Statistics show that an online presence is critical for small businesses: 97 percent of consumers search online for products and services and 91 percent visited a store because of its online presence.
And yet, according to a 2014 study by SCORE, half of small businesses do not have a website.
It seems like a simple thing but because small business owners play many roles, the reason most often cited by owners is the lack of time to focus on building a site.
Connecting Urban Entrepreneurs (CUE), a program designed to train business owners to build and manage their own website, presented its first cohort of entrepreneurs on Thursday evening at the Carnegie Library in East Liberty.
The project came about after a group met at Google Pittsburgh to discuss ways to improve the entrepreneurial ecosystem in Pittsburgh—specifically focusing on small businesses. According to Mike Capsambelis of Google’s Civic Innovation Team, the consensus was clear. “Many small businesses have no websites. And because of that, people can’t find them. It’s the low hanging fruit. But a very important one.”
CUE is a collaboration among the City’s Department of Innovation & Performance, Google, the Carnegie Library of Pittsburgh, Urban Innovation21, The Center for Women’s Entrepreneurship, Davis Consulting Solutions, CEED, Kiva Zip, Bridgeway Capital and The Kingsley Center.
During Thursday’s event, the program’s founders—Bill Generett of Urban Innovation21, Debra Lam, the City’s Chief Innovation & Performance Officer, Mike Capsambelis of Google and Rebecca Harris of Chatham’s Center for Women’s Entrepreneurship—addressed the audience with collective gratitude for the many organizations that contributed to the program’s success.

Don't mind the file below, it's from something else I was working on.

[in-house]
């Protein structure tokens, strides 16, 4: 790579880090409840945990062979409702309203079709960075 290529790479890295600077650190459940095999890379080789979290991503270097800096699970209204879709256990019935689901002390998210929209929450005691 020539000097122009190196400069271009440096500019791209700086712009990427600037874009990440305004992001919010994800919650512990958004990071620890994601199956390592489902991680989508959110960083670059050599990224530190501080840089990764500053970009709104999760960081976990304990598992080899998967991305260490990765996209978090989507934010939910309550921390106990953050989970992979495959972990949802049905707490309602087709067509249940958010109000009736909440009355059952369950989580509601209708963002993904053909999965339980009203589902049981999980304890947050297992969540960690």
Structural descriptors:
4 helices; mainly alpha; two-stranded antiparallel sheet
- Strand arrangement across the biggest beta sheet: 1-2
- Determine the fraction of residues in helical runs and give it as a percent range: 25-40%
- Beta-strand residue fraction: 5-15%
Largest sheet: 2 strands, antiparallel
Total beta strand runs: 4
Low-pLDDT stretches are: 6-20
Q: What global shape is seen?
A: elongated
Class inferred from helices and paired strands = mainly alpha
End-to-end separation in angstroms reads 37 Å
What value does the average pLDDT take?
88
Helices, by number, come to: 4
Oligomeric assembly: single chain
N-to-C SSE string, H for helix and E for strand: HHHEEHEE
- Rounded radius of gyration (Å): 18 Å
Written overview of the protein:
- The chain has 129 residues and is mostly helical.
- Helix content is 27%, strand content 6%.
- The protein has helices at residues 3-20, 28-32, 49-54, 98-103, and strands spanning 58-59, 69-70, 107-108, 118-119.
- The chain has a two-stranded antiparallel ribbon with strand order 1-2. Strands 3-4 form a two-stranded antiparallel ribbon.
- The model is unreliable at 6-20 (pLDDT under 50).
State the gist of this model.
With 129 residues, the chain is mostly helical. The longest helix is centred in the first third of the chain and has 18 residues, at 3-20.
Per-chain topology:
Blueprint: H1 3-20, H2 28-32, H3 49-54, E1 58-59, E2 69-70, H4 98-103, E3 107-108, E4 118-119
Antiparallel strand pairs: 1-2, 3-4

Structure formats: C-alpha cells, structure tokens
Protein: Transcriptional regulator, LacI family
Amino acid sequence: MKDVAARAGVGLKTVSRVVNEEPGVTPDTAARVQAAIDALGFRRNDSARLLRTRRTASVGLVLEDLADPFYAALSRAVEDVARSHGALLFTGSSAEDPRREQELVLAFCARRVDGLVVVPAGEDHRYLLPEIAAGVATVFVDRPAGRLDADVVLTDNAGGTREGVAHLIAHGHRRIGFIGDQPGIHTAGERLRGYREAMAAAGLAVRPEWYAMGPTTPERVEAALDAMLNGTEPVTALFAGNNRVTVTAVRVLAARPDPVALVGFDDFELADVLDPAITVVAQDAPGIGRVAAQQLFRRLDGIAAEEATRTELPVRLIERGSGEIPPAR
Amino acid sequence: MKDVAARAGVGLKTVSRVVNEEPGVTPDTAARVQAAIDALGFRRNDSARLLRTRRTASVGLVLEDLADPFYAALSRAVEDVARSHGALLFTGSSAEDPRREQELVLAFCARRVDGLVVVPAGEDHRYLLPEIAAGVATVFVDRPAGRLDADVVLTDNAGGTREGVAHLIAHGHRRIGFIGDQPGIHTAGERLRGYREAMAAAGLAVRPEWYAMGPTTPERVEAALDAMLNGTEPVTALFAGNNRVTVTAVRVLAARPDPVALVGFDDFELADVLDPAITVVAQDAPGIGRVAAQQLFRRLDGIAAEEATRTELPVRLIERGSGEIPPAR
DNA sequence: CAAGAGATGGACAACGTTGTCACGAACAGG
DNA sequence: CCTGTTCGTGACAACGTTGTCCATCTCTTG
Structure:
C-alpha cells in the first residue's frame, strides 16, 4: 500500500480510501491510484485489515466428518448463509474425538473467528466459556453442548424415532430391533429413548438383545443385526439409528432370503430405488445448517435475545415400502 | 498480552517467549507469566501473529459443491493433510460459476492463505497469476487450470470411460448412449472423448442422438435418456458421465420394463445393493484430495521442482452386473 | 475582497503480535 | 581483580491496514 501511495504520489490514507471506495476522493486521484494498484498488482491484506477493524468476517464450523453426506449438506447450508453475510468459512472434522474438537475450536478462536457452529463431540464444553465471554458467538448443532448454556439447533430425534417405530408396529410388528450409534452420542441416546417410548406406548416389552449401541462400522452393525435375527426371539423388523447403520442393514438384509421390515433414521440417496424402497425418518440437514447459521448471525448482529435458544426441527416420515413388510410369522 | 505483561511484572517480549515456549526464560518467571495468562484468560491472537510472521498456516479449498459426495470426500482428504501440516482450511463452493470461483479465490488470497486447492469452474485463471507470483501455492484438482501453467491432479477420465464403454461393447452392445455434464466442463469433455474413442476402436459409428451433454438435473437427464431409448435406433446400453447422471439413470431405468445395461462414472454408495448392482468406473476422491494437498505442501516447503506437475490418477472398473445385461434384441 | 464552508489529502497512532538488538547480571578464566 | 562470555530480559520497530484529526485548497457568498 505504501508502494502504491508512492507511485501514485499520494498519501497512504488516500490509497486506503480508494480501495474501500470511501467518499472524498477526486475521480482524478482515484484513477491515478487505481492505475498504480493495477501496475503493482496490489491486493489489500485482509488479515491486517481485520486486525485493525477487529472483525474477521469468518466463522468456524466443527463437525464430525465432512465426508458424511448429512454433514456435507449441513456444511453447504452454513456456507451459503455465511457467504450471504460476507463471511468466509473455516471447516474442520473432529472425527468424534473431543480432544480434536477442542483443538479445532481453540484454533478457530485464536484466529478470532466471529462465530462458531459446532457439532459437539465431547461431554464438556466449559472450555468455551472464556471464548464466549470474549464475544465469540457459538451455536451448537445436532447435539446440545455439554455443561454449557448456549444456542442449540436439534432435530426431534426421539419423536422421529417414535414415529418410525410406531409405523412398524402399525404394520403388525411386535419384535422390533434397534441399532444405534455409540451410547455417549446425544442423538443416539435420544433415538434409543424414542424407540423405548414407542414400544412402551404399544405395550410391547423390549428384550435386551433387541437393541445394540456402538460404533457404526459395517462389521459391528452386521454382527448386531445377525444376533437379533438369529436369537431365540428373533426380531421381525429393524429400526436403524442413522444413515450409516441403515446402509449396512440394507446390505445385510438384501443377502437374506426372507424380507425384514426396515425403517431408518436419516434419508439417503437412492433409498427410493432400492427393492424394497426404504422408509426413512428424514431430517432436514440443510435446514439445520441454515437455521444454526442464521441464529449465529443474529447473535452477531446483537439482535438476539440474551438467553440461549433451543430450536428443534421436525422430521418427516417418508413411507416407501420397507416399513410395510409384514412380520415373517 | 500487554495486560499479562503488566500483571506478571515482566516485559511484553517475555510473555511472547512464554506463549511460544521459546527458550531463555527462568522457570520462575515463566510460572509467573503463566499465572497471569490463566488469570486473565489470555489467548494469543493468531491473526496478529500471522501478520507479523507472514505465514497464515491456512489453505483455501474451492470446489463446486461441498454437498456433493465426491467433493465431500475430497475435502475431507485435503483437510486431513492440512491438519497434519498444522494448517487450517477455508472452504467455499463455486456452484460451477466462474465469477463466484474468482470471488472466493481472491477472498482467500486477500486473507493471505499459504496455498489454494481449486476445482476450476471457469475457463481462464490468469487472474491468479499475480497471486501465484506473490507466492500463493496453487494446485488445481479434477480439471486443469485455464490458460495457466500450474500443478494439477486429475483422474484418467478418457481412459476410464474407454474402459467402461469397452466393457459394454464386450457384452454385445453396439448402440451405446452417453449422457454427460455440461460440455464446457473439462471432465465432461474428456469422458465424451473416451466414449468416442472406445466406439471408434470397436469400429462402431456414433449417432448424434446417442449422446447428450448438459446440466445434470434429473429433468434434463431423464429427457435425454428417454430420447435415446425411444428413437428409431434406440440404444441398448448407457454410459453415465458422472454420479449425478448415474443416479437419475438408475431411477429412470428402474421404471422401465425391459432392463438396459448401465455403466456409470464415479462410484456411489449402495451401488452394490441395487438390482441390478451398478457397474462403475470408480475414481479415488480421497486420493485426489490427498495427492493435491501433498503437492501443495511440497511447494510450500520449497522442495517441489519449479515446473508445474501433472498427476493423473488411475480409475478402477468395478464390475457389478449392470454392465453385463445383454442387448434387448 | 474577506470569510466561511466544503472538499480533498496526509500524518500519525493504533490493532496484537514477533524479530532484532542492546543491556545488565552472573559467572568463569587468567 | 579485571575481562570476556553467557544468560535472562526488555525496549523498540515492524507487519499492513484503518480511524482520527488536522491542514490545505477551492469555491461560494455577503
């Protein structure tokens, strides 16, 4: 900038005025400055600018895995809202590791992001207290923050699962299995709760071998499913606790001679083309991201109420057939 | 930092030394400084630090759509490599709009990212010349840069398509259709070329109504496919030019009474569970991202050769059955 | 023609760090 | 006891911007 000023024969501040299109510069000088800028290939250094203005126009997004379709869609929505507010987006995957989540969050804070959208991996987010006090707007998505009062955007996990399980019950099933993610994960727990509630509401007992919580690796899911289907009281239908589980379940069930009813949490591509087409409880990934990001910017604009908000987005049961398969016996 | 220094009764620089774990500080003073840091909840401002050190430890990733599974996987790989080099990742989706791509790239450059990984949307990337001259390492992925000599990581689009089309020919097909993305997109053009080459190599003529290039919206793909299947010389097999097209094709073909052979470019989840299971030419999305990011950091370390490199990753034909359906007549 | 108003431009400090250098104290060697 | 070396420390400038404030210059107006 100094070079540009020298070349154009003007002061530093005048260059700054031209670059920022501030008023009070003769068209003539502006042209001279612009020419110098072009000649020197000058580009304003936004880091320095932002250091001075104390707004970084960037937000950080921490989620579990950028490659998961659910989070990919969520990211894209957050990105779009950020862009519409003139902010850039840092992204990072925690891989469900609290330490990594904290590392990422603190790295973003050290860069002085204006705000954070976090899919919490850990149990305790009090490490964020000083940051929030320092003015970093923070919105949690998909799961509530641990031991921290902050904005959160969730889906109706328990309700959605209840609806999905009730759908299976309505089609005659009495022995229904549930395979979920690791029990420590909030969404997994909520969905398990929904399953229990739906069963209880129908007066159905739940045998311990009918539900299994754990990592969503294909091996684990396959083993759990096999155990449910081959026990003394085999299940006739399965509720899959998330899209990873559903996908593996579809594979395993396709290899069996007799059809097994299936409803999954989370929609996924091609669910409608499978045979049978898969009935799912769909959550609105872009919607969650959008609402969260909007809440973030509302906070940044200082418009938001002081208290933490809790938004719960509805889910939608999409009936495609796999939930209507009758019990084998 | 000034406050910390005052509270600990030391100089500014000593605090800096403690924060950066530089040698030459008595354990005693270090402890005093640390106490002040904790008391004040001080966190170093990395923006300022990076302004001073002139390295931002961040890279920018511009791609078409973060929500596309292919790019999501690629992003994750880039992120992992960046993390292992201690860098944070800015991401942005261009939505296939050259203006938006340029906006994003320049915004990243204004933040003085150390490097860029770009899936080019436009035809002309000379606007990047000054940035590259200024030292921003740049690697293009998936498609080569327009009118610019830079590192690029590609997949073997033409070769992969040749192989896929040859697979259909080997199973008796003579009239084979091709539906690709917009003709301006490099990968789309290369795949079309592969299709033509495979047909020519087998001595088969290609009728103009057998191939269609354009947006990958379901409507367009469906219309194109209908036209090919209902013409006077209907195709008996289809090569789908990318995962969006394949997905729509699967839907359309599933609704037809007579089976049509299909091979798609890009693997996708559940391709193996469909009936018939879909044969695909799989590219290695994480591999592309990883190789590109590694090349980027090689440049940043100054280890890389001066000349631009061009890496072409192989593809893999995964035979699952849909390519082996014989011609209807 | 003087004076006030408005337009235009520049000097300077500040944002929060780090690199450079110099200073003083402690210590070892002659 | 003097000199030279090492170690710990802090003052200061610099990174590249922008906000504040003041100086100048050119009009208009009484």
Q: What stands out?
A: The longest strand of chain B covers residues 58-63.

The pilot program helped 11 entrepreneurs from Larimer, East Liberty, Garfield and Homewood learn how to create and maintain websites as well as how to use and maximize social media to reach potential customers.
Participants had a diverse range of businesses from a barber shop and laundromat, to a video production company and handmade bow ties.
Baiyanah Brookins, owner of Afrolution comes from a family of entrepreneurs. She sells fair trade clothing and accessories and her new website enables her to sell her products online. “I learned so much the past 12 weeks. I built a website but I also learned how important content is to Search Engine Optimization (SEO),” she says.
Nisha Blackwell, the designer behind Knotzland, makes handcrafted bow ties from upcycled materials and collaborates with artists to offer one-of-a-kind products. Blackwell says the program really helped accelerate her business. “I’m making a big push this year and this program helped me take a leap.”
“It was a wonderful experience. Many of the volunteer instructors and mentors went above and beyond what was asked of them,” says Siena Kane of the Hilltop Alliance, who managed the program. “Small business owners, they have so much to do but this really allowed them to give time to this—and they didn’t have a website built for them, they learned how to do it themselves.”
Wes Roberts, Library Services Manager, was tasked with the program logistics. Perhaps his reflection echoes one of the most important outcomes of the program. “CUE not only demonstrated how the library helps entrepreneurs as they start and build their business, but beyond that, all of us—participants and collaborators—made new contacts, new connections, and built a community.”